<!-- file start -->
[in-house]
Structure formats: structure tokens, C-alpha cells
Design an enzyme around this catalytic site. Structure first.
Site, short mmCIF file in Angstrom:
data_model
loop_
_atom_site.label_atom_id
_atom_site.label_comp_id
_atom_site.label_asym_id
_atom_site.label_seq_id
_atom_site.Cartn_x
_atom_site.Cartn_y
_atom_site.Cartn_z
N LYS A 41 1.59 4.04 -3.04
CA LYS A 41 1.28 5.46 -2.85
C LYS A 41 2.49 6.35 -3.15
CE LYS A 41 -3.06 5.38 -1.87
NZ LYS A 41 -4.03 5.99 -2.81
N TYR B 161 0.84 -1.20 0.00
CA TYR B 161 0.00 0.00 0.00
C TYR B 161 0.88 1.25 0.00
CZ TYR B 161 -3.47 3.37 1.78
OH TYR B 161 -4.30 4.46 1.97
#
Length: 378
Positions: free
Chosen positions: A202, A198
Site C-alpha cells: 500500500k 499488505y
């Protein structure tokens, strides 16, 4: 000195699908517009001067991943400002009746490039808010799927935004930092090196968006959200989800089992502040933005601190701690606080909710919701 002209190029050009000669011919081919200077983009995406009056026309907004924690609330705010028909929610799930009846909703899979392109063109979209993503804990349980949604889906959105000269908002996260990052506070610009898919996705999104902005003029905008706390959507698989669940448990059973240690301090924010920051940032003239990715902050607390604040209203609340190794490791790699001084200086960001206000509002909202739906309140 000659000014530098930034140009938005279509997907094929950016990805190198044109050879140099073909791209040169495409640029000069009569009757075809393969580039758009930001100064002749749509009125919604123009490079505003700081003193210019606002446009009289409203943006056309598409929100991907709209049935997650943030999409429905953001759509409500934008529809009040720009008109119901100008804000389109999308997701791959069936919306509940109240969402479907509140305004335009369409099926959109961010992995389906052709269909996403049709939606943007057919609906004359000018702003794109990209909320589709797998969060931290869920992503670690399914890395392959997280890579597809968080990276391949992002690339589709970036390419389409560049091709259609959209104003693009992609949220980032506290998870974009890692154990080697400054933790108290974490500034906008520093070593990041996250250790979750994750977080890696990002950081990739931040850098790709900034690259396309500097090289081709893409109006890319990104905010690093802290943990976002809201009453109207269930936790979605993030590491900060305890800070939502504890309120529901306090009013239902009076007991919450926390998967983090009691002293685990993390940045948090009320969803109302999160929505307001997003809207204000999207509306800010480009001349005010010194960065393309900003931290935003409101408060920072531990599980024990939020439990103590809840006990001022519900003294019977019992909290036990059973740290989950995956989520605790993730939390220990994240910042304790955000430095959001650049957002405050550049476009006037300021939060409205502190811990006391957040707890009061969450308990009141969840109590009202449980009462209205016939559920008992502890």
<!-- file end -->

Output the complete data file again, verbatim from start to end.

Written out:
[in-house]
Structure formats: structure tokens, C-alpha cells
Design an enzyme around this catalytic site. Structure first.
Site, short mmCIF file in Angstrom:
data_model
loop_
_atom_site.label_atom_id
_atom_site.label_comp_id
_atom_site.label_asym_id
_atom_site.label_seq_id
_atom_site.Cartn_x
_atom_site.Cartn_y
_atom_site.Cartn_z
N LYS A 41 1.59 4.04 -3.04
CA LYS A 41 1.28 5.46 -2.85
C LYS A 41 2.49 6.35 -3.15
CE LYS A 41 -3.06 5.38 -1.87
NZ LYS A 41 -4.03 5.99 -2.81
N TYR B 161 0.84 -1.20 0.00
CA TYR B 161 0.00 0.00 0.00
C TYR B 161 0.88 1.25 0.00
CZ TYR B 161 -3.47 3.37 1.78
OH TYR B 161 -4.30 4.46 1.97
#
Length: 378
Positions: free
Chosen positions: A202, A198
Site C-alpha cells: 500500500k 499488505y
């Protein structure tokens, strides 16, 4: 000195699908517009001067991943400002009746490039808010799927935004930092090196968006959200989800089992502040933005601190701690606080909710919701 002209190029050009000669011919081919200077983009995406009056026309907004924690609330705010028909929610799930009846909703899979392109063109979209993503804990349980949604889906959105000269908002996260990052506070610009898919996705999104902005003029905008706390959507698989669940448990059973240690301090924010920051940032003239990715902050607390604040209203609340190794490791790699001084200086960001206000509002909202739906309140 000659000014530098930034140009938005279509997907094929950016990805190198044109050879140099073909791209040169495409640029000069009569009757075809393969580039758009930001100064002749749509009125919604123009490079505003700081003193210019606002446009009289409203943006056309598409929100991907709209049935997650943030999409429905953001759509409500934008529809009040720009008109119901100008804000389109999308997701791959069936919306509940109240969402479907509140305004335009369409099926959109961010992995389906052709269909996403049709939606943007057919609906004359000018702003794109990209909320589709797998969060931290869920992503670690399914890395392959997280890579597809968080990276391949992002690339589709970036390419389409560049091709259609959209104003693009992609949220980032506290998870974009890692154990080697400054933790108290974490500034906008520093070593990041996250250790979750994750977080890696990002950081990739931040850098790709900034690259396309500097090289081709893409109006890319990104905010690093802290943990976002809201009453109207269930936790979605993030590491900060305890800070939502504890309120529901306090009013239902009076007991919450926390998967983090009691002293685990993390940045948090009320969803109302999160929505307001997003809207204000999207509306800010480009001349005010010194960065393309900003931290935003409101408060920072531990599980024990939020439990103590809840006990001022519900003294019977019992909290036990059973740290989950995956989520605790993730939390220990994240910042304790955000430095959001650049957002405050550049476009006037300021939060409205502190811990006391957040707890009061969450308990009141969840109590009202449980009462209205016939559920008992502890």